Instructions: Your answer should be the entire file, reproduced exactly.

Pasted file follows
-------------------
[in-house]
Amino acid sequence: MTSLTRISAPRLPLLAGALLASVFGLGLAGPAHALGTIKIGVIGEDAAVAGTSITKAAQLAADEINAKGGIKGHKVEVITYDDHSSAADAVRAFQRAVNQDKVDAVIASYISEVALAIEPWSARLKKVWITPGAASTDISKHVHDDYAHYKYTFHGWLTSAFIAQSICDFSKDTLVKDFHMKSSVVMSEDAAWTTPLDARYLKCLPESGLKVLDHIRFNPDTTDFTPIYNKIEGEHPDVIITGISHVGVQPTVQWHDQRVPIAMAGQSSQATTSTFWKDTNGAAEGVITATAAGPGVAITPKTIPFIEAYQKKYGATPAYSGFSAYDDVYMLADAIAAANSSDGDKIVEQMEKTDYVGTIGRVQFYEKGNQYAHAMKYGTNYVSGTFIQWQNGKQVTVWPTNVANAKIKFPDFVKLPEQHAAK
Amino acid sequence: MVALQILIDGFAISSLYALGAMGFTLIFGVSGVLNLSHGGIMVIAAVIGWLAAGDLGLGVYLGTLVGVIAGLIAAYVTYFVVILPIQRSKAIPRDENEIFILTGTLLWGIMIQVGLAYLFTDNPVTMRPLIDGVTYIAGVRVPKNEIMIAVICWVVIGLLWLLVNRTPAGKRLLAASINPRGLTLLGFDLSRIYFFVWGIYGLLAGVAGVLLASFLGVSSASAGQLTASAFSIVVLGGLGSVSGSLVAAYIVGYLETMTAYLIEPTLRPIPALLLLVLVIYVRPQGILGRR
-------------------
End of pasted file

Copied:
[in-house]
Amino acid sequence: MTSLTRISAPRLPLLAGALLASVFGLGLAGPAHALGTIKIGVIGEDAAVAGTSITKAAQLAADEINAKGGIKGHKVEVITYDDHSSAADAVRAFQRAVNQDKVDAVIASYISEVALAIEPWSARLKKVWITPGAASTDISKHVHDDYAHYKYTFHGWLTSAFIAQSICDFSKDTLVKDFHMKSSVVMSEDAAWTTPLDARYLKCLPESGLKVLDHIRFNPDTTDFTPIYNKIEGEHPDVIITGISHVGVQPTVQWHDQRVPIAMAGQSSQATTSTFWKDTNGAAEGVITATAAGPGVAITPKTIPFIEAYQKKYGATPAYSGFSAYDDVYMLADAIAAANSSDGDKIVEQMEKTDYVGTIGRVQFYEKGNQYAHAMKYGTNYVSGTFIQWQNGKQVTVWPTNVANAKIKFPDFVKLPEQHAAK
Amino acid sequence: MVALQILIDGFAISSLYALGAMGFTLIFGVSGVLNLSHGGIMVIAAVIGWLAAGDLGLGVYLGTLVGVIAGLIAAYVTYFVVILPIQRSKAIPRDENEIFILTGTLLWGIMIQVGLAYLFTDNPVTMRPLIDGVTYIAGVRVPKNEIMIAVICWVVIGLLWLLVNRTPAGKRLLAASINPRGLTLLGFDLSRIYFFVWGIYGLLAGVAGVLLASFLGVSSASAGQLTASAFSIVVLGGLGSVSGSLVAAYIVGYLETMTAYLIEPTLRPIPALLLLVLVIYVRPQGILGRR